The Condiment You Should Add To Punch Up Homemade Vinaigrettes

There are plenty of quality salad dressings on the market, but there is truly something special about tasting a homemade vinaigrette on a fresh salad, or spooned delicately over a main-course protein. The beauty of a vinaigrette is that you can create numerous variations on a theme depending on what you're serving it with. In its simplest form, a vinaigrette is a mixture of oil and acids. Olive oil, grapeseed oil, or even walnut oil are mixed with vinegar and lemon juice. Beyond that, the flavoring is up to the individual cook or chef. Some will add herbs or spices, Dijon mustard, minced garlic or shallot ... The possibilities are endless.

A vinaigrette's flavor can also change drastically depending on what kind of vinegar you use. Rice wine vinegar, red wine vinegar, white vinegar, aged balsamic, and apple cider vinegars all have unique and different tastes that will be imparted on the dressing. If you don't have any fancy vinegar in your pantry, there is another ingredient you can add to your next vinaigrette to give it a distinctive and memorable flavor. And odds are this ingredient is already in your refrigerator door.

A few dashes of Worcestershire sauce

Sit down with a group of five friends and each person might pronounce this ingredient differently, but Worcestershire sauce is a unique way to give your next vinaigrette a unique, rich, umami flavor. The base of Worcestershire sauce is vinegar, so it's a natural ingredient to be incorporated into a vinaigrette. The vinegar base is mixed with anchovies, molasses, tamarind, garlic, and onion giving the sauce its unique, rich signature flavor. It has similar notes to a soy sauce or fish sauce, but it's also its own thing. It should be noted, however, that due to the anchovies in the sauce, the original Worcestershire condiment is not considered vegan or vegetarian-friendly. So if you happen to be cooking for those who don't consume fish products, you might try finding a vegan version of the condiment, or an alternative like soy sauce or tamari instead.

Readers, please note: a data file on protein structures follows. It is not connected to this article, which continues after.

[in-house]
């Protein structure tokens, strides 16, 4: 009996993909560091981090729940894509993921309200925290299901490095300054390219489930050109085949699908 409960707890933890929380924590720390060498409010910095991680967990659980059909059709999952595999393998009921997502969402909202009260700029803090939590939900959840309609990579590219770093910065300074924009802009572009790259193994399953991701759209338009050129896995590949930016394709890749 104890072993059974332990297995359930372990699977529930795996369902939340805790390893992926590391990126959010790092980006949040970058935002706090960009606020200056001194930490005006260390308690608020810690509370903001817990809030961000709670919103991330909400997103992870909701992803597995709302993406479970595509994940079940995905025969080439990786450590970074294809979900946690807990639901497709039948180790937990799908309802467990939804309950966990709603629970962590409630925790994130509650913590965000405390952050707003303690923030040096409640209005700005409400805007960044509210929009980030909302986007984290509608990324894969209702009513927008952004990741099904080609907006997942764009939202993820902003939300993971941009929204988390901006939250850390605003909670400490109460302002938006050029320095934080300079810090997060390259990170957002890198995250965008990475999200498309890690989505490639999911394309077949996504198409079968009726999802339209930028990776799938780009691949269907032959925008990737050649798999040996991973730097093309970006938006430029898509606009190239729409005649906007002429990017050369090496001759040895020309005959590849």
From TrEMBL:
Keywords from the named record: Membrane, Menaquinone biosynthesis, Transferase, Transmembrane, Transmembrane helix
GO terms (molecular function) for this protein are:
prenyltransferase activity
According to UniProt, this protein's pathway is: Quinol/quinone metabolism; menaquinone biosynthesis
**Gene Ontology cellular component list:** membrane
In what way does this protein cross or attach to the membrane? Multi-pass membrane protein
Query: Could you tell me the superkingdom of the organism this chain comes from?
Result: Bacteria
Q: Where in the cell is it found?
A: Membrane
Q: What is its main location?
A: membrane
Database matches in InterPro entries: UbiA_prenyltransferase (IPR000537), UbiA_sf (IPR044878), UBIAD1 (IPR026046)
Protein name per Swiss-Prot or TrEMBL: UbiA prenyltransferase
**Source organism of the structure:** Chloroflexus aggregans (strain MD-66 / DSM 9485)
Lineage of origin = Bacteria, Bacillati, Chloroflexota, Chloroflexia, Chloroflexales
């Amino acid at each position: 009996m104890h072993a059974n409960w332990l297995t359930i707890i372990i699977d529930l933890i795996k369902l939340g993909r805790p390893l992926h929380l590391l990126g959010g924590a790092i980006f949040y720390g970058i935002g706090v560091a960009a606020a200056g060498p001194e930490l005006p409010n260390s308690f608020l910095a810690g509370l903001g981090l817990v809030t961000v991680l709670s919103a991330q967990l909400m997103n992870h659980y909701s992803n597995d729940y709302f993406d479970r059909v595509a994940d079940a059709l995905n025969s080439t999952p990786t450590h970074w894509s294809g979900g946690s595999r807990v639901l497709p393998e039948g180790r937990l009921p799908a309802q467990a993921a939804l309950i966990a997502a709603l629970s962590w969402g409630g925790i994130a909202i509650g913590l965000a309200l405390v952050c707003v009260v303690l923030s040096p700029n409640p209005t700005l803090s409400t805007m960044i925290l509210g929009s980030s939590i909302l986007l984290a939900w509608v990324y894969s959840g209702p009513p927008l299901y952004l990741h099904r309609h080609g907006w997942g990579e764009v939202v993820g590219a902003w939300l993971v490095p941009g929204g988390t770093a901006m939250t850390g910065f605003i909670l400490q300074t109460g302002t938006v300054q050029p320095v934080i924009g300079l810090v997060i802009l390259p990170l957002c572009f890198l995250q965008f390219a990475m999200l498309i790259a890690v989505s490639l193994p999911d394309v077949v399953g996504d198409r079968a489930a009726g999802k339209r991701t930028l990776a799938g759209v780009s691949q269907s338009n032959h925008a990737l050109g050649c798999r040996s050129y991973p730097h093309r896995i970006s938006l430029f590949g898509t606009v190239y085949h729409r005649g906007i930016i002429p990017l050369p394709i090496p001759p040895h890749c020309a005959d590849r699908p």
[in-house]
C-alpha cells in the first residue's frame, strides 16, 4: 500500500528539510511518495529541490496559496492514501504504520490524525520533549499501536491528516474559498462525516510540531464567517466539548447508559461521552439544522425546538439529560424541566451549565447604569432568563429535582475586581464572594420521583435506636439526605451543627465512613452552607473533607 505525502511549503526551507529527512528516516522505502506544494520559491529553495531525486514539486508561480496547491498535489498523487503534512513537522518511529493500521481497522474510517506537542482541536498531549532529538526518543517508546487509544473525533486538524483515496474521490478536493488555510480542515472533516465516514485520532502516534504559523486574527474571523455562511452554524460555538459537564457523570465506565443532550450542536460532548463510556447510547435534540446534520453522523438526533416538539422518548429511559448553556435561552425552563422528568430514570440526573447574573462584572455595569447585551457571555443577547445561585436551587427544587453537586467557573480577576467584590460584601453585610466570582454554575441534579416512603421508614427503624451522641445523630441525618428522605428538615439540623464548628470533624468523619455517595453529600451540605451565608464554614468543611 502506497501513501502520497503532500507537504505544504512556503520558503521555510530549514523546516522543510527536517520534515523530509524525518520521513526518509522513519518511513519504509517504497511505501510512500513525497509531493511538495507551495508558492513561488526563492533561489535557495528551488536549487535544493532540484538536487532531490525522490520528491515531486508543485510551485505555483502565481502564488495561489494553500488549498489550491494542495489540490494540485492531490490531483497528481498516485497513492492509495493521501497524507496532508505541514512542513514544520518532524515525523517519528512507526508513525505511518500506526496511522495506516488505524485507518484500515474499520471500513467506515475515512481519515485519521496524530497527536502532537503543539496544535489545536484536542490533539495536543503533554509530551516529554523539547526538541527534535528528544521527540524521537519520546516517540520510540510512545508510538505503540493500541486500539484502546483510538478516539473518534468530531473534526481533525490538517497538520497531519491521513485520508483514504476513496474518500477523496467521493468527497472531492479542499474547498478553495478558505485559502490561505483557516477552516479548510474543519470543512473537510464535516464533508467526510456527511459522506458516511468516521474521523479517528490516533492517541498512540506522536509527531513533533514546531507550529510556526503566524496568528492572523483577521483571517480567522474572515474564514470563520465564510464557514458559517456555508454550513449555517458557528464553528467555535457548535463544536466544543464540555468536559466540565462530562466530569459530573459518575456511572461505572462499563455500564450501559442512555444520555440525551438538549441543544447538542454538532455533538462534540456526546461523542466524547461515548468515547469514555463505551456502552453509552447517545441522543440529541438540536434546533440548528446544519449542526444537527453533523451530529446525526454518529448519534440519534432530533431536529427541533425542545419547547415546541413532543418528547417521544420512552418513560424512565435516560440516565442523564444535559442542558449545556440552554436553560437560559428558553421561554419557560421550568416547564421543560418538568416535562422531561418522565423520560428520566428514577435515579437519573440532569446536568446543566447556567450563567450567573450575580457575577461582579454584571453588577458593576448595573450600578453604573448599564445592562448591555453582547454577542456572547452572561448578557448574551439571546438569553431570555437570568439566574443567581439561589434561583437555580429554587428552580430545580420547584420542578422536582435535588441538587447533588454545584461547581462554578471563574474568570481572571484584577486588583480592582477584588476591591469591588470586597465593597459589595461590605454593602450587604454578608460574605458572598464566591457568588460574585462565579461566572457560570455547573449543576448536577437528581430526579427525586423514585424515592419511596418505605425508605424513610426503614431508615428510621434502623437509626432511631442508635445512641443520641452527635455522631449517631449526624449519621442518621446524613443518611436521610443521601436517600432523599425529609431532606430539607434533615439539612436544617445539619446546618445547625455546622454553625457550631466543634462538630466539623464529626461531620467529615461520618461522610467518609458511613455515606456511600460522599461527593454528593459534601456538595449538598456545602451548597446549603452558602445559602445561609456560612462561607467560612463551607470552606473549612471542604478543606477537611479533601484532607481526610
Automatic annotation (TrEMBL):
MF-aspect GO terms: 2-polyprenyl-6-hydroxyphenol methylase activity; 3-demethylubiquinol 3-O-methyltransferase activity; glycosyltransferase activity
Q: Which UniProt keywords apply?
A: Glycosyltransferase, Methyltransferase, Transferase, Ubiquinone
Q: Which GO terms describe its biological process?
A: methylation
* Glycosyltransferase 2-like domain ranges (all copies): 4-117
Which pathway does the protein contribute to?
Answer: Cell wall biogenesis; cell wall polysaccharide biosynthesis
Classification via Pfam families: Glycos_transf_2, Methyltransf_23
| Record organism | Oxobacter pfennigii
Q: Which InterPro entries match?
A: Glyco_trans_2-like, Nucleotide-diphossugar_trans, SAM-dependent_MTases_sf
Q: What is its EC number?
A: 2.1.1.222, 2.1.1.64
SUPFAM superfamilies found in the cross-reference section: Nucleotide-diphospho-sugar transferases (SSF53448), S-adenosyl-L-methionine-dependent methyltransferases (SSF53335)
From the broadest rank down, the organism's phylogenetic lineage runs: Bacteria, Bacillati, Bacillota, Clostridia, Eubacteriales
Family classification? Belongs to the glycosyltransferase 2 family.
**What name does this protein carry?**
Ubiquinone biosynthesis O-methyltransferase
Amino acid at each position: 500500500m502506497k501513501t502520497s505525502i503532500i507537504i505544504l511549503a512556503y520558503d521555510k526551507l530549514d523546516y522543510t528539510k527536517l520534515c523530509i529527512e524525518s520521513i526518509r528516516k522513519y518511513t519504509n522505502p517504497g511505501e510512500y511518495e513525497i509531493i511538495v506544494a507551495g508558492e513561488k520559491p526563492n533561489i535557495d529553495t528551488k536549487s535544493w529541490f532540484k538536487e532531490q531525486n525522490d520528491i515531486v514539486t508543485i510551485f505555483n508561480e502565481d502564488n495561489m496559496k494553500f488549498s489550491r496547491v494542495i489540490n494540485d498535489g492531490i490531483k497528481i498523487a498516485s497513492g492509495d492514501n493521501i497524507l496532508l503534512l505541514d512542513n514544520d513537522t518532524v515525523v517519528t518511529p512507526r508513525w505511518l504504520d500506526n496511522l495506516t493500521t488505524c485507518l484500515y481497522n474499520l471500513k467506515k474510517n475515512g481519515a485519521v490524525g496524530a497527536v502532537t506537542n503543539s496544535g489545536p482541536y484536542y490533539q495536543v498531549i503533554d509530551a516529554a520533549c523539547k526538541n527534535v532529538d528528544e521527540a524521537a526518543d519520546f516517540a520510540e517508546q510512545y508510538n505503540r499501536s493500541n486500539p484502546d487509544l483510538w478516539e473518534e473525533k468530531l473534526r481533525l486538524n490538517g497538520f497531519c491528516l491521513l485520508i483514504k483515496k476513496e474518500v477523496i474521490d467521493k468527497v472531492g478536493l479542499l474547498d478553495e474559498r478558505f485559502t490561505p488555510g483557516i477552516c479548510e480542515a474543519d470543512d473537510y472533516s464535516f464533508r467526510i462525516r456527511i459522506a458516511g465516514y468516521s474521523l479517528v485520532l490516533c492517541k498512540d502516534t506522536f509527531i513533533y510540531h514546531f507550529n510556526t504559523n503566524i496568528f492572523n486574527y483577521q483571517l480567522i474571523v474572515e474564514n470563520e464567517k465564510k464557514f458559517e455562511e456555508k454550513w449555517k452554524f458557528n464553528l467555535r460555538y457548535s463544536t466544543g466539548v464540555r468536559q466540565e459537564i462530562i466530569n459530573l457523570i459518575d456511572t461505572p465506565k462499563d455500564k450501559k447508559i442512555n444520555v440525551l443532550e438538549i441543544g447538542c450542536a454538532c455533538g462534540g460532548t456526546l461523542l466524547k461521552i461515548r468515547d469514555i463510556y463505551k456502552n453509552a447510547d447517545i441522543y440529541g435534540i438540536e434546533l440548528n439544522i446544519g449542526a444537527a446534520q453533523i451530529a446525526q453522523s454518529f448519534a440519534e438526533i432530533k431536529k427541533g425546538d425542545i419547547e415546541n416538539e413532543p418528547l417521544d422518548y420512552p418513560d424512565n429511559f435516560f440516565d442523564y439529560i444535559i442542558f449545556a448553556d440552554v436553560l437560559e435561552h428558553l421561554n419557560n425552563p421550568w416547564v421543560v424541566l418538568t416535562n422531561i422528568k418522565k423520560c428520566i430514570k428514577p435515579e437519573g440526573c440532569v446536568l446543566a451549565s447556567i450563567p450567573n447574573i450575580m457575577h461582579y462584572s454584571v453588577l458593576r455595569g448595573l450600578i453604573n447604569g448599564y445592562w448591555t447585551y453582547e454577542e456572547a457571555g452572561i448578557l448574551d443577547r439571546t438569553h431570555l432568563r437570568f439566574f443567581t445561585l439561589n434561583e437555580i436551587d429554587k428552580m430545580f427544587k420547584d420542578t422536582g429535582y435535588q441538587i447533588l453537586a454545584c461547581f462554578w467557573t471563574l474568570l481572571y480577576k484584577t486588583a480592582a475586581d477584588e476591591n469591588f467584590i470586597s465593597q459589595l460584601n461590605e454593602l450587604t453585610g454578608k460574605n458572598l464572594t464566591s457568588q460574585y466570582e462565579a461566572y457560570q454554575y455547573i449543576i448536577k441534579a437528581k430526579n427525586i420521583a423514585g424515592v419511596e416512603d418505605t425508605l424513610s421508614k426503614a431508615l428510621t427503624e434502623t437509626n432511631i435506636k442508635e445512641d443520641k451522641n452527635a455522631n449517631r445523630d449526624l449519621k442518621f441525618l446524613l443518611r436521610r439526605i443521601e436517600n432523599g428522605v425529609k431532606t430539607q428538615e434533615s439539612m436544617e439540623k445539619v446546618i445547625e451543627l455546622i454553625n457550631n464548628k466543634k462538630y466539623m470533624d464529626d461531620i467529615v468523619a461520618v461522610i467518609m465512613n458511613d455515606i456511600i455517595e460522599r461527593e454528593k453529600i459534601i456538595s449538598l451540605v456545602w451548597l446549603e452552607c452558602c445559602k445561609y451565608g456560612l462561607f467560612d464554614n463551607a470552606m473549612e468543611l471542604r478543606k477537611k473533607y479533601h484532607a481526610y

In a vinaigrette recipe that calls for the juice of one lemon, a half cup of oil, and two tablespoons of vinegar, try adding just one tablespoon of Worcestershire sauce to the mixture to get a nice balance. If you're unfamiliar with the taste of it, start with a bit less and work your way up to adding a few dashes more. This unexpected twist could up-level a simple vinaigrette into one of the best dressings of your culinary life. 

Oh, by the way, it's pronounced, "wu·stuh·shr."